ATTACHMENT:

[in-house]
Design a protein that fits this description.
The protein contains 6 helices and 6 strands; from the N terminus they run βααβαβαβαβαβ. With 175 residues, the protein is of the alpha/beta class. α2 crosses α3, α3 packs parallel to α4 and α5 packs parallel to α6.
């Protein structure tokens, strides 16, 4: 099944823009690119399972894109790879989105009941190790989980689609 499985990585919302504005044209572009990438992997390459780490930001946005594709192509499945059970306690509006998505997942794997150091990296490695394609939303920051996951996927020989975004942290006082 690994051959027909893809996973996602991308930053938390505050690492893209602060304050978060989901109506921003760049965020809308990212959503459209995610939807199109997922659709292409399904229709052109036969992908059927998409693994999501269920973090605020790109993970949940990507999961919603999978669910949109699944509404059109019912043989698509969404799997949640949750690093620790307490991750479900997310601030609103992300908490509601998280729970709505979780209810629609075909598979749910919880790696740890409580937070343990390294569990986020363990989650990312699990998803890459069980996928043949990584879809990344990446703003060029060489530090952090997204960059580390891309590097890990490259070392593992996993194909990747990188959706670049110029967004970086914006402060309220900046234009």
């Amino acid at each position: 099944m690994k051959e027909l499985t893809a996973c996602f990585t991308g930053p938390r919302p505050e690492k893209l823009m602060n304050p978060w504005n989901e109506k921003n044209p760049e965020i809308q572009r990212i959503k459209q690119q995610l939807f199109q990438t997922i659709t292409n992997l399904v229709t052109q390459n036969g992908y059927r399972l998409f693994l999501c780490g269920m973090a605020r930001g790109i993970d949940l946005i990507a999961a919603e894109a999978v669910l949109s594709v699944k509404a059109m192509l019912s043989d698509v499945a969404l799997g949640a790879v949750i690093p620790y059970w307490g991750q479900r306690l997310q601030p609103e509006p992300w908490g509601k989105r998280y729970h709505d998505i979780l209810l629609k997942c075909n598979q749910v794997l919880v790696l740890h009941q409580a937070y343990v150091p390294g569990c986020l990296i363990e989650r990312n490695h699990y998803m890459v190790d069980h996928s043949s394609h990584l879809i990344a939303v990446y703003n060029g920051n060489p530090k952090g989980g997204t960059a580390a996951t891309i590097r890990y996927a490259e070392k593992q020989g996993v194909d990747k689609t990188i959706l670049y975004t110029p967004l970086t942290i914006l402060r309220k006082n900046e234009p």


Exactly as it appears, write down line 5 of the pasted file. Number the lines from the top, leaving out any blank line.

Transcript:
């Amino acid at each position: 099944m690994k051959e027909l499985t893809a996973c996602f990585t991308g930053p938390r919302p505050e690492k893209l823009m602060n304050p978060w504005n989901e109506k921003n044209p760049e965020i809308q572009r990212i959503k459209q690119q995610l939807f199109q990438t997922i659709t292409n992997l399904v229709t052109q390459n036969g992908y059927r399972l998409f693994l999501c780490g269920m973090a605020r930001g790109i993970d949940l946005i990507a999961a919603e894109a999978v669910l949109s594709v699944k509404a059109m192509l019912s043989d698509v499945a969404l799997g949640a790879v949750i690093p620790y059970w307490g991750q479900r306690l997310q601030p609103e509006p992300w908490g509601k989105r998280y729970h709505d998505i979780l209810l629609k997942c075909n598979q749910v794997l919880v790696l740890h009941q409580a937070y343990v150091p390294g569990c986020l990296i363990e989650r990312n490695h699990y998803m890459v190790d069980h996928s043949s394609h990584l879809i990344a939303v990446y703003n060029g920051n060489p530090k952090g989980g997204t960059a580390a996951t891309i590097r890990y996927a490259e070392k593992q020989g996993v194909d990747k689609t990188i959706l670049y975004t110029p967004l970086t942290i914006l402060r309220k006082n900046e234009p």